Finally, when you think you have the situation contained, a reporter from your local newspaper is on the phone, telling you he is about to run a story about a massive information breach that your office has suffered. After your, “No comment,” you decide to find a public relations firm to handle the press and other fallout.

Recently, the most notable recent information breaches in the Unites States took place at Target, Neiman Marcus, JP Morgan and Citigroup. And according to Property Casualty 360, the threats reach far beyond big retailers.

The formation of information breach/cyber security policies is fairly new, but the epidemic of information breaches all over the world has hurried their development. Policy sophistication ranges from an endorsement you can add to your business owner's policy to a standalone policy that helps protect the world's financial center.

The endorsements that many insurance companies offer as add-ons to package policies are merely bags of money available to you should your company's confidential information be breached.The issue left is what to do with the money, should you need it. The more sophisticated products will offer you additional benefits, including public relations support.

First, your firm should do a cyber-risk analysis. There are many insurance agents who will evaluate your firm's odds for a breach and provide an estimate of the potential costs should one occur.

Next, you should evaluate your firm’s strengths and your jurisdiction. If you have a large firm and if its talents include public and media relations, you can probably opt for one of the less pricey policies.

Smaller firms with fewer personnel are rarely geared toward media and PR. As such, smaller firms may want to select a policy that can provide both money and expertise to deal with cyber security problems.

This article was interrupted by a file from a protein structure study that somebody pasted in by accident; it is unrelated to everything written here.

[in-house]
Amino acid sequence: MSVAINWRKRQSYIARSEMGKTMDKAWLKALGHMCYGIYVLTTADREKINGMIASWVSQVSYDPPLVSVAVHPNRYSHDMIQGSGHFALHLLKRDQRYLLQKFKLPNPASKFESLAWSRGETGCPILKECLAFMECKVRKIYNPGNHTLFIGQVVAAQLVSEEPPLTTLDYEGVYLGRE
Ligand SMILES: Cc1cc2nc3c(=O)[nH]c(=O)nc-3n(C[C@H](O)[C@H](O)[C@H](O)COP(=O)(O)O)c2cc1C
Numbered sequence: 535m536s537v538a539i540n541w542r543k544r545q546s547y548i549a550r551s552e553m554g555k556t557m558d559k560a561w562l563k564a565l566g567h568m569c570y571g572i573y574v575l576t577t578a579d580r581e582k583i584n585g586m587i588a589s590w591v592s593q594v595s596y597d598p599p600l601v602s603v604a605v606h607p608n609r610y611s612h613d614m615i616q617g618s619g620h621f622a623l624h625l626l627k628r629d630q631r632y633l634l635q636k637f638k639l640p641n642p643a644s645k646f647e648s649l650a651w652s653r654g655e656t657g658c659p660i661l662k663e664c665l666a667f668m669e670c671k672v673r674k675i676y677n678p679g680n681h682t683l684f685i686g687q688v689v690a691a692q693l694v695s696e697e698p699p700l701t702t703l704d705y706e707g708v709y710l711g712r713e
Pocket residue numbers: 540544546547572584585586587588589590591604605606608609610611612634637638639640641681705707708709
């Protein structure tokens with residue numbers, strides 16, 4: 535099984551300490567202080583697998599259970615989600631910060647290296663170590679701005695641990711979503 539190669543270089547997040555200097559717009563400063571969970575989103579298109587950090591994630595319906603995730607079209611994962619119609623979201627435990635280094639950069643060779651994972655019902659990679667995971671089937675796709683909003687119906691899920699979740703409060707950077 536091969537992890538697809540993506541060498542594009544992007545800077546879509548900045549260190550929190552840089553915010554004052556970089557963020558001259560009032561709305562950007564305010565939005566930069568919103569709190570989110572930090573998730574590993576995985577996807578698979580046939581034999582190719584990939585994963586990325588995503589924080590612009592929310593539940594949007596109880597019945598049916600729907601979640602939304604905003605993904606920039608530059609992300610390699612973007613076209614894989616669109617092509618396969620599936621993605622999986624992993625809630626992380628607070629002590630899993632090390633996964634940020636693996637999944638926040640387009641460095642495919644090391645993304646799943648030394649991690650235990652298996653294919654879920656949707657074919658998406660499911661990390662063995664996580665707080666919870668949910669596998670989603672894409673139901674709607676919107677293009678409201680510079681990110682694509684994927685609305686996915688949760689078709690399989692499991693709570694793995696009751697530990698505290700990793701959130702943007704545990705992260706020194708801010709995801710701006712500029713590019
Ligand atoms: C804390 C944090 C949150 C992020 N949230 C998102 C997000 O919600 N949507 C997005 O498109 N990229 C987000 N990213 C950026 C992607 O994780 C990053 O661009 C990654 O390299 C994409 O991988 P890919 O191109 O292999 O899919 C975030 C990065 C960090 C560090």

Breach coverage today stands about where pollution insurance policies stood in the 1970s. Until there are more uniform law and penalties, it will be difficult to evaluate the best coverage options.

Jurisdiction will play a huge part in coverage selection. Currently, there is no consensus. Each state has a different definition of "personal information," and each has its own ideas of what penalties should be, what action should be taken, and — very important for an insurance policy — what officially triggers an information breach. Baker Hostetler LLC offers and excellent guide and reference material on these points for your state.

Many carriers now offer insurance products for breach protection. Some who came in early (between 1983 and 1985) completely miss the mark, offering “property” protection for vandalized websites and coverage to rebuild and repair, ignoring the liability exposure.

CNA, The Hartford and Beazley (at Lloyds) are the most notable options. Beazley has started to target individual businesses and specific industries. Currently, the company offers a product for doctors', dentists' and other medical facilities. This product meets the needs for both information breaches and any HIPPA violations.

Estimate your cyber exposure and possible risk with a professional evaluation. A good information breach insurance policy, tailor-made for your firm, could have helped you in this damaging hypothetical situation.

Christopher Kazor

Christopher Kazor is a Bigger Law Firm Magazine contributor.